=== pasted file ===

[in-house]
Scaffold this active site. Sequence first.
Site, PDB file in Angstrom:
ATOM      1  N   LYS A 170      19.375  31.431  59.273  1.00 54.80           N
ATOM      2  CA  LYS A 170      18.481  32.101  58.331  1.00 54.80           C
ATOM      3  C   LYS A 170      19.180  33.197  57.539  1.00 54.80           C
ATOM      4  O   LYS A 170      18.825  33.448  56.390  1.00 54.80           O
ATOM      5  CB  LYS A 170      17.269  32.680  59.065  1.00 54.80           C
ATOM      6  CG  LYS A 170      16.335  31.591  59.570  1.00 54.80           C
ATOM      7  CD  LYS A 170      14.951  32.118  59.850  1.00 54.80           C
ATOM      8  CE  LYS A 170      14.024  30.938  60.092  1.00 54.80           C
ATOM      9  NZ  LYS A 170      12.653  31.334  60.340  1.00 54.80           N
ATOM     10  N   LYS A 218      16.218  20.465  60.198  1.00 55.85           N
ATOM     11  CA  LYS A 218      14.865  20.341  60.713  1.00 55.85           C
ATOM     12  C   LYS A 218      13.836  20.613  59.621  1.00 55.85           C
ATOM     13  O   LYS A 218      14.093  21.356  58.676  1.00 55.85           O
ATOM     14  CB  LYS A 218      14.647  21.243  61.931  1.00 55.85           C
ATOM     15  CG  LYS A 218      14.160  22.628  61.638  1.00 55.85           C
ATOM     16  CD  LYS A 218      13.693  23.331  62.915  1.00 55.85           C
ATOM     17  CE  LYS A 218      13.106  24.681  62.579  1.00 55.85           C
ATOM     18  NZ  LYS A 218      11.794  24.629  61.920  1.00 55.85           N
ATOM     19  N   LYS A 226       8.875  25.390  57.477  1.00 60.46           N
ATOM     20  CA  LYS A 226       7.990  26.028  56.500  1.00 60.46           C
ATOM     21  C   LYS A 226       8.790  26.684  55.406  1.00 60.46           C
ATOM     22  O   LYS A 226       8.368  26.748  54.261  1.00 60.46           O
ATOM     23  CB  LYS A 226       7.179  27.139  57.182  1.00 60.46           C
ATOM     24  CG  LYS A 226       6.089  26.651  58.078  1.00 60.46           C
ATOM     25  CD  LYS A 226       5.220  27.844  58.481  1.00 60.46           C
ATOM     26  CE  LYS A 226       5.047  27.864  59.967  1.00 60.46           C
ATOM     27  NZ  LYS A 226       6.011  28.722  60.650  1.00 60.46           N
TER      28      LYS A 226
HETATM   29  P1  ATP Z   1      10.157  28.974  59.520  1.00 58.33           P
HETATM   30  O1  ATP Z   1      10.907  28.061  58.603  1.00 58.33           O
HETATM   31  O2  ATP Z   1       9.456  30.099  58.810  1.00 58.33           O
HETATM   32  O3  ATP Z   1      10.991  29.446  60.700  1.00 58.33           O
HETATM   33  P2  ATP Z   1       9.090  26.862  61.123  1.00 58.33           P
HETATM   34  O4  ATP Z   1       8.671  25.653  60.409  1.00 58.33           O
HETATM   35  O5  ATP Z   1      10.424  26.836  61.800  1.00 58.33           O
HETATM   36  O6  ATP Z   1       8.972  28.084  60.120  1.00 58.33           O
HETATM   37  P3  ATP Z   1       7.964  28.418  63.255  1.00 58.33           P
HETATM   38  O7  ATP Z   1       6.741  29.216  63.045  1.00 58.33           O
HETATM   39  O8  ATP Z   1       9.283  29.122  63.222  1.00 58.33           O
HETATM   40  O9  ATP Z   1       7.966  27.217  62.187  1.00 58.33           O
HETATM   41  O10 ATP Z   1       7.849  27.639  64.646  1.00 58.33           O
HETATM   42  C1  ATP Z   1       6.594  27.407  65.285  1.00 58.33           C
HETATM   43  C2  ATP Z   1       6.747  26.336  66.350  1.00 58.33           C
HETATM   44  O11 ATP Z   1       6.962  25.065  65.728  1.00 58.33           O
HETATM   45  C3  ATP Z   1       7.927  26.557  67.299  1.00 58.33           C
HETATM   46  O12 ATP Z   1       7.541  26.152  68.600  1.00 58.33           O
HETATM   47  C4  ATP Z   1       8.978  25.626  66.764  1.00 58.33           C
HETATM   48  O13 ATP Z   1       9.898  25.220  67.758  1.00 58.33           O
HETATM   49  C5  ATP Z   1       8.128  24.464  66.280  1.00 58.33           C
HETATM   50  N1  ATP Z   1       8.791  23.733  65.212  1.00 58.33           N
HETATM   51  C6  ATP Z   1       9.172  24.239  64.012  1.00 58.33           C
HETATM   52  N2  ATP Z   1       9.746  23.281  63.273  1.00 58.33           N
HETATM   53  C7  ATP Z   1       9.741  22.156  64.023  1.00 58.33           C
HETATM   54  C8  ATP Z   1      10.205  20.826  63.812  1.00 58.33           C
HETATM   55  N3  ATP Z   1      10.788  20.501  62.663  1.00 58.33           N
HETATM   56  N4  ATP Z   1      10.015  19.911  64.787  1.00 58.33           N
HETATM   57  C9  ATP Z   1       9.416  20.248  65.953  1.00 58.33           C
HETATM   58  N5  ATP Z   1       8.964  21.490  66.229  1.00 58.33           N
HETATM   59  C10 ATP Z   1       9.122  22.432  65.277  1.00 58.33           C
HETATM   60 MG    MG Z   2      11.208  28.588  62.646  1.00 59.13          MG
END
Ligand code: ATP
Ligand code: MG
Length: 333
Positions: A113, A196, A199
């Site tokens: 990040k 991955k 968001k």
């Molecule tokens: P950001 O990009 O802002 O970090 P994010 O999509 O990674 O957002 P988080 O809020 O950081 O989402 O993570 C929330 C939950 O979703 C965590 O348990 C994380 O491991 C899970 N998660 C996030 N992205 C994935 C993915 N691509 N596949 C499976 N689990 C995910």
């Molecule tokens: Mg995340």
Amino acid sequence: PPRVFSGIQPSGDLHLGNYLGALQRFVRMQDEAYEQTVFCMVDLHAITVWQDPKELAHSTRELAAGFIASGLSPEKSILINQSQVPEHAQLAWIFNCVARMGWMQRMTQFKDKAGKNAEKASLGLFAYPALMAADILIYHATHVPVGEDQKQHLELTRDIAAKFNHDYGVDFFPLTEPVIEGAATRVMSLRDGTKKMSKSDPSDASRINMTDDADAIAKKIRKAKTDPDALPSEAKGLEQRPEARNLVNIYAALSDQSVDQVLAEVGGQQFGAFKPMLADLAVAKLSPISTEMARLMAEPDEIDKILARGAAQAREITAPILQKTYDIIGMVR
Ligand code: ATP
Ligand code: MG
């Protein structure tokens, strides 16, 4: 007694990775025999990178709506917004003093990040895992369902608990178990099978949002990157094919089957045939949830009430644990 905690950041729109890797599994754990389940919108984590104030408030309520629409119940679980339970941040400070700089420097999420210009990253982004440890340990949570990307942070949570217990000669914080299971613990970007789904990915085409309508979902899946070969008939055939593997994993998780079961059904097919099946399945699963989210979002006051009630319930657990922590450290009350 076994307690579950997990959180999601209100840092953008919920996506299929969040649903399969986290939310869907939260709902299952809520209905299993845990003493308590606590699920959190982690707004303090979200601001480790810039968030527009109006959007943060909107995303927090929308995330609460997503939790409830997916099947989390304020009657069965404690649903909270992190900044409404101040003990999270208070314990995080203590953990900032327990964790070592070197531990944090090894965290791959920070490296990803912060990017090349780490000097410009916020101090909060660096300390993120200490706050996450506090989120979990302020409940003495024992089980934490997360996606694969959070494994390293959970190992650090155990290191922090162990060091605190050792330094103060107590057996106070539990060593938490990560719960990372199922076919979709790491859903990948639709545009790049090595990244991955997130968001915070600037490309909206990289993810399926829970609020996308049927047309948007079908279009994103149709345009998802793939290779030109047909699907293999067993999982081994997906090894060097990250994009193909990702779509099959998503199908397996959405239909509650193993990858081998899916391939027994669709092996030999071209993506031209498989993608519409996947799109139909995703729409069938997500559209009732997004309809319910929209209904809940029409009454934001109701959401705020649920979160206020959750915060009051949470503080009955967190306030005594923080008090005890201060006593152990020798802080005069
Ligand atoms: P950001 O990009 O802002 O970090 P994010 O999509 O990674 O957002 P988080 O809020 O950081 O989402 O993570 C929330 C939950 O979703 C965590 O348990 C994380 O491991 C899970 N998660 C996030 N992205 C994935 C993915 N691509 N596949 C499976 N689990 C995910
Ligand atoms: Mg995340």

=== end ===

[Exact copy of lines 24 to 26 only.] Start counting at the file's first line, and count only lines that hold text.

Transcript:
ATOM     21  C   LYS A 226       8.790  26.684  55.406  1.00 60.46           C
ATOM     22  O   LYS A 226       8.368  26.748  54.261  1.00 60.46           O
ATOM     23  CB  LYS A 226       7.179  27.139  57.182  1.00 60.46           C